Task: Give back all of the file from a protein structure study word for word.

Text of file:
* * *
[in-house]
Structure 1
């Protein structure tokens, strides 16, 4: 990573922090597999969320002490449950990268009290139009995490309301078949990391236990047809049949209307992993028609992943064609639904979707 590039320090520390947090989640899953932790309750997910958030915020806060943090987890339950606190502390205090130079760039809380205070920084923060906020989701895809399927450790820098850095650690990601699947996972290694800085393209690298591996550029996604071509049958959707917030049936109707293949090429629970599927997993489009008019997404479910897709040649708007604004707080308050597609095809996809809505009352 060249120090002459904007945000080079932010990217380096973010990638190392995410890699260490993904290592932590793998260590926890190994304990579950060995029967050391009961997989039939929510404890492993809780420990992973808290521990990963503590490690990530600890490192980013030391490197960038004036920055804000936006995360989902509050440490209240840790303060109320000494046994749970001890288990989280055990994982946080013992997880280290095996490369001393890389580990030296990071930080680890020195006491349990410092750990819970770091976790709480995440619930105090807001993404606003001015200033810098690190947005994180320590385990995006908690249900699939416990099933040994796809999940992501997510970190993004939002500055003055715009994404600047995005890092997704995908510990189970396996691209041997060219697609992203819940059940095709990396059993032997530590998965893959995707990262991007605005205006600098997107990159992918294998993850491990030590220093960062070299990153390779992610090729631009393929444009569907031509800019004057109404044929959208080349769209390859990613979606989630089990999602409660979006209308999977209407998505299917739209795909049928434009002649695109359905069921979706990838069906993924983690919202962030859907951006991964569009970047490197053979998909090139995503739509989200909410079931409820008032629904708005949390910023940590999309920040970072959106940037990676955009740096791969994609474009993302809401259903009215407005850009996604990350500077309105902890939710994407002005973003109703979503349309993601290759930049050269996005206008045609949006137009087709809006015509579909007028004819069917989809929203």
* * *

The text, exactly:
[in-house]
Structure 1
């Protein structure tokens, strides 16, 4: 990573922090597999969320002490449950990268009290139009995490309301078949990391236990047809049949209307992993028609992943064609639904979707 590039320090520390947090989640899953932790309750997910958030915020806060943090987890339950606190502390205090130079760039809380205070920084923060906020989701895809399927450790820098850095650690990601699947996972290694800085393209690298591996550029996604071509049958959707917030049936109707293949090429629970599927997993489009008019997404479910897709040649708007604004707080308050597609095809996809809505009352 060249120090002459904007945000080079932010990217380096973010990638190392995410890699260490993904290592932590793998260590926890190994304990579950060995029967050391009961997989039939929510404890492993809780420990992973808290521990990963503590490690990530600890490192980013030391490197960038004036920055804000936006995360989902509050440490209240840790303060109320000494046994749970001890288990989280055990994982946080013992997880280290095996490369001393890389580990030296990071930080680890020195006491349990410092750990819970770091976790709480995440619930105090807001993404606003001015200033810098690190947005994180320590385990995006908690249900699939416990099933040994796809999940992501997510970190993004939002500055003055715009994404600047995005890092997704995908510990189970396996691209041997060219697609992203819940059940095709990396059993032997530590998965893959995707990262991007605005205006600098997107990159992918294998993850491990030590220093960062070299990153390779992610090729631009393929444009569907031509800019004057109404044929959208080349769209390859990613979606989630089990999602409660979006209308999977209407998505299917739209795909049928434009002649695109359905069921979706990838069906993924983690919202962030859907951006991964569009970047490197053979998909090139995503739509989200909410079931409820008032629904708005949390910023940590999309920040970072959106940037990676955009740096791969994609474009993302809401259903009215407005850009996604990350500077309105902890939710994407002005973003109703979503349309993601290759930049050269996005206008045609949006137009087709809006015509579909007028004819069917989809929203």